His recommendation, a combination of corrective measure and equipment trial balloon, was to spend $30,950, including $27,000 to Hula Networks for the purchase and installation of an Adtran server phone system, $650 in Microsoft licensing, and $3,300 to Windstream for programming services and hardware for integration with the County’s current Avaya system. This expense would be partially offset by a $2,120 rebate from Polycom’s paid4trade program for the old phones.
The County, Hartstrom said, could opt to do nothing, but would only incur more complaints about poor customer service, not to mention frustrated employees. The current system is also expensive to maintain, about $25,000 a year, and doesn’t allow taking advantage of Digital 395’s potential. Another options is to buy a phone system just for the 40 affected phones, about $25,000, but those lines won’t be on the County system, and would require an additional monthly use fee, whereas the new trial system could integrate with the County phone system, and grow with D395.
Hartstrom advised that it would cost between $175,000-$225,000 to replace the entire County phone system, a bite out of the budget the Board isn’t yet willing to take. However, annual maintenance of a brand new system is about $6,000 a year, about $19,000 a year in savings.
The Adtran system, Hartstrom added, can interface with any similar type of phone system made anywhere. Digital 395 would provide more than enough bandwidth to handle its specifications as well. Redundant servers would be located in Mammoth and Bridgeport. More cost savings could occur from elimination of a VOIP converter the County is already using to reduce T1 telecomm costs. Annual Internet expenses would be cut almost in half, according to bandwidth use cost estimates Hartstrom compiled, $75,000 reduced to about $40,000. “We’d be buying a $31,000 test site for what could be a bigger move to come,” noted Supervisor Tim Fesko. The Board voted unanimously to spend the money from its contingency fund. –Geisel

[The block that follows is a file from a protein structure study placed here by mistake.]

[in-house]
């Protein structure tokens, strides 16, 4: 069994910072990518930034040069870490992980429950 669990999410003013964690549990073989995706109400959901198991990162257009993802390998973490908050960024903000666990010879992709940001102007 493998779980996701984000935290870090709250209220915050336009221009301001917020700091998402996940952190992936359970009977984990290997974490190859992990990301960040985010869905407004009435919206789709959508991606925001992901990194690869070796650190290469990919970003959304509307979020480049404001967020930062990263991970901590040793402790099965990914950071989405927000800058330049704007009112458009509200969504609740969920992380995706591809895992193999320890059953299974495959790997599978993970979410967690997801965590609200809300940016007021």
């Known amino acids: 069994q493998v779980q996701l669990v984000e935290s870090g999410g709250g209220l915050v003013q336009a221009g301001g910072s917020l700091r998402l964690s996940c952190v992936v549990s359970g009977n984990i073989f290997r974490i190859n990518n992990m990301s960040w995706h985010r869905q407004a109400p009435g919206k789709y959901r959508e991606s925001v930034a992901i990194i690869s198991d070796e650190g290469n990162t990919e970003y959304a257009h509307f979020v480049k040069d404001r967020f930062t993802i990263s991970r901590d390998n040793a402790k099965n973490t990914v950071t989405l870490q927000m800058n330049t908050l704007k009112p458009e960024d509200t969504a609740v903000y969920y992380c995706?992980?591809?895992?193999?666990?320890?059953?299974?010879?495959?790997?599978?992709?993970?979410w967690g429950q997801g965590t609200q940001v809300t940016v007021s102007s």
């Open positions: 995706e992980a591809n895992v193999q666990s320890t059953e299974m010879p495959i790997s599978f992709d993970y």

A clarification regarding last Fridays’ story on the North Star Counseling Center (NSCC). In the photo caption, Didi Tergesen and Ana Danielson are not employed by North Star, but rather by the Mono County Office of Education (MCOE). North Star is a non-profit governed by a 5 person Board of Directors. NSCC is a project funded through the Student Mental Health Initiative through MCOE. Just making sure that’s clear!
And … Town Planner Jessica Morris pointed out that in our cover story on the Main Street Development Plan, the Main Street plan is actually targeted for completion this year December 2013, not 2014.
Hernandez fundraiser set at Good Life
There is a fundraiser planned for Wednesday, Feb. 27, at the Good Life for Victor Hernandez, a longtime Mammoth resident who is battling stomach cancer. From 6:30 a.m.-4 p.m., it’s open menu, and from 4-9 p.m. dinner tickets are available for a set menu.
Buz Schott memorial
A memorial gathering for Lawrence Albert “Buz” Schott will take place Saturday, March 2 beginning at 1 p.m. at the Schott residence at 2665 Skyline Drive in Minden … and condolences to the family of Eugene “Grumpy” Hornbeck, who passed away on Valentine’s Day. We will run that obituary next week.